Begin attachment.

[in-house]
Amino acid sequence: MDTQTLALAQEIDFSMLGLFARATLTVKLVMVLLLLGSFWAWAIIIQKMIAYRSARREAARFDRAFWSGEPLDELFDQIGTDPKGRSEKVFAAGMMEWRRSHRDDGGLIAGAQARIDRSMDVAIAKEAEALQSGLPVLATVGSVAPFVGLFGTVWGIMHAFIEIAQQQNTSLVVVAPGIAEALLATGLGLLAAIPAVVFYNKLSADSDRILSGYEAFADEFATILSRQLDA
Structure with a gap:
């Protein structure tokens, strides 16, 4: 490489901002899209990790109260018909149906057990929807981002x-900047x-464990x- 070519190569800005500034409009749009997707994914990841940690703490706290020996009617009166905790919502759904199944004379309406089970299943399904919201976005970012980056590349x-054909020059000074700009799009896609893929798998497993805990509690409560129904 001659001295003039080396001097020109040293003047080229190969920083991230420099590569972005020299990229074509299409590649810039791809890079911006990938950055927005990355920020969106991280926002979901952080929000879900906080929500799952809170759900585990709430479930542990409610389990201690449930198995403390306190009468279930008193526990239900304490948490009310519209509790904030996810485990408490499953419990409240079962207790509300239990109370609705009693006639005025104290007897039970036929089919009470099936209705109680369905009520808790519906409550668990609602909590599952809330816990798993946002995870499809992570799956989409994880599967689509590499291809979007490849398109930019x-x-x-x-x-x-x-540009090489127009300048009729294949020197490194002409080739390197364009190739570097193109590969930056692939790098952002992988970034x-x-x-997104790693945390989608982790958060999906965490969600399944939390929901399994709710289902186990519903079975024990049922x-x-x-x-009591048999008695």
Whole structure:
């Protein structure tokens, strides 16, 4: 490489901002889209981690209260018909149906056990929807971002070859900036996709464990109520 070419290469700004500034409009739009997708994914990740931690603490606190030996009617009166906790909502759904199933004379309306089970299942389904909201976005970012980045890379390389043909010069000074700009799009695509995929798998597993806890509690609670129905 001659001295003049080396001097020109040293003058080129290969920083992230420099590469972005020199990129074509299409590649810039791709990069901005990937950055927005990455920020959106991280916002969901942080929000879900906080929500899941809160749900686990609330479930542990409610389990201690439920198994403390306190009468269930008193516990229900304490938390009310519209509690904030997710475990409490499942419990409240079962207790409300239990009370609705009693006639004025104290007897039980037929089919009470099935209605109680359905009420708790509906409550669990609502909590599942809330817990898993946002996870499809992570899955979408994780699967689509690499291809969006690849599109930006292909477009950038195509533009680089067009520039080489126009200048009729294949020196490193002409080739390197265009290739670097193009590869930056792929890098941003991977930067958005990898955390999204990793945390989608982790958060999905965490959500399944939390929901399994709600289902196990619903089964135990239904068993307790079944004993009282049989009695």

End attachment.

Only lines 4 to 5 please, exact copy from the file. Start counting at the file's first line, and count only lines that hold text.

């Protein structure tokens, strides 16, 4: 490489901002899209990790109260018909149906057990929807981002x-900047x-464990x- 070519190569800005500034409009749009997707994914990841940690703490706290020996009617009166905790919502759904199944004379309406089970299943399904919201976005970012980056590349x-054909020059000074700009799009896609893929798998497993805990509690409560129904 001659001295003039080396001097020109040293003047080229190969920083991230420099590569972005020299990229074509299409590649810039791809890079911006990938950055927005990355920020969106991280926002979901952080929000879900906080929500799952809170759900585990709430479930542990409610389990201690449930198995403390306190009468279930008193526990239900304490948490009310519209509790904030996810485990408490499953419990409240079962207790509300239990109370609705009693006639005025104290007897039970036929089919009470099936209705109680369905009520808790519906409550668990609602909590599952809330816990798993946002995870499809992570799956989409994880599967689509590499291809979007490849398109930019x-x-x-x-x-x-x-540009090489127009300048009729294949020197490194002409080739390197364009190739570097193109590969930056692939790098952002992988970034x-x-x-997104790693945390989608982790958060999906965490969600399944939390929901399994709710289902186990519903079975024990049922x-x-x-x-009591048999008695």
Whole structure: